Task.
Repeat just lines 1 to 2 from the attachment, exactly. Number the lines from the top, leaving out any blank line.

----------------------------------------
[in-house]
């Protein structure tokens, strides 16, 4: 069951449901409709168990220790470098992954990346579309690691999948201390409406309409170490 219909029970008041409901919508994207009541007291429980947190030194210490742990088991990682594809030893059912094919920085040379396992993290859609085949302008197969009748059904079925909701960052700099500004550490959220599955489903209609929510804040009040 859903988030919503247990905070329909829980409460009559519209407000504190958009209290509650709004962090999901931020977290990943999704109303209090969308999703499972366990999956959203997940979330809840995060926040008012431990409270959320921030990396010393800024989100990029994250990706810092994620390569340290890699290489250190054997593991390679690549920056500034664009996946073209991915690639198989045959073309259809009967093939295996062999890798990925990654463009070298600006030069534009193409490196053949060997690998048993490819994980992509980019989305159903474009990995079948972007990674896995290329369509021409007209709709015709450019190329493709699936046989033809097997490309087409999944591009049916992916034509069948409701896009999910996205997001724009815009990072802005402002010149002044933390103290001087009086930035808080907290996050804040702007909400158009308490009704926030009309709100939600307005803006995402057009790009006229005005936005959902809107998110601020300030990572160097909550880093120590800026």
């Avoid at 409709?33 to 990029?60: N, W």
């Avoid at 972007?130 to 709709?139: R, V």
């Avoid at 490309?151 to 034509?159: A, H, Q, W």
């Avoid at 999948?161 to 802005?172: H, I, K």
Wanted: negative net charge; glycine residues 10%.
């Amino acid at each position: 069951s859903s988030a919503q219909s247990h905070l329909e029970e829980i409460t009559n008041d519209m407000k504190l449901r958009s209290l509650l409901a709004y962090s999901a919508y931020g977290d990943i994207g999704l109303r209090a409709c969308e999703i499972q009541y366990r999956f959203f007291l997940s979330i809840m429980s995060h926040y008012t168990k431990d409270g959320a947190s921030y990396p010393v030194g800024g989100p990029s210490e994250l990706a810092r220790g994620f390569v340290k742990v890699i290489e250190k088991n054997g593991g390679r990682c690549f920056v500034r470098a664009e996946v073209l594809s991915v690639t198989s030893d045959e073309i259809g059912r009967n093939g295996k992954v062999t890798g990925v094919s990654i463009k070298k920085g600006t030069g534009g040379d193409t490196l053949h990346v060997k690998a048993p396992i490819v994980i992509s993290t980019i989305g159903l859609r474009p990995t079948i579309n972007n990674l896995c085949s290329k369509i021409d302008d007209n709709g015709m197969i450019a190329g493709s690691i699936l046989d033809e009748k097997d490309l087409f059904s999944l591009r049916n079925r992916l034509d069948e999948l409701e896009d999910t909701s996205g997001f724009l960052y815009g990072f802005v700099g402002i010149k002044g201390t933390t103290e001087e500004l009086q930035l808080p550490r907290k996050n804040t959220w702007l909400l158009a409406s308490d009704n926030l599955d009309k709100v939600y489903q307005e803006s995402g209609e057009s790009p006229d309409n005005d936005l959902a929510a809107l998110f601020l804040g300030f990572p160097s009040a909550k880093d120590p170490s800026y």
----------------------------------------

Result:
[in-house]
């Protein structure tokens, strides 16, 4: 069951449901409709168990220790470098992954990346579309690691999948201390409406309409170490 219909029970008041409901919508994207009541007291429980947190030194210490742990088991990682594809030893059912094919920085040379396992993290859609085949302008197969009748059904079925909701960052700099500004550490959220599955489903209609929510804040009040 859903988030919503247990905070329909829980409460009559519209407000504190958009209290509650709004962090999901931020977290990943999704109303209090969308999703499972366990999956959203997940979330809840995060926040008012431990409270959320921030990396010393800024989100990029994250990706810092994620390569340290890699290489250190054997593991390679690549920056500034664009996946073209991915690639198989045959073309259809009967093939295996062999890798990925990654463009070298600006030069534009193409490196053949060997690998048993490819994980992509980019989305159903474009990995079948972007990674896995290329369509021409007209709709015709450019190329493709699936046989033809097997490309087409999944591009049916992916034509069948409701896009999910996205997001724009815009990072802005402002010149002044933390103290001087009086930035808080907290996050804040702007909400158009308490009704926030009309709100939600307005803006995402057009790009006229005005936005959902809107998110601020300030990572160097909550880093120590800026």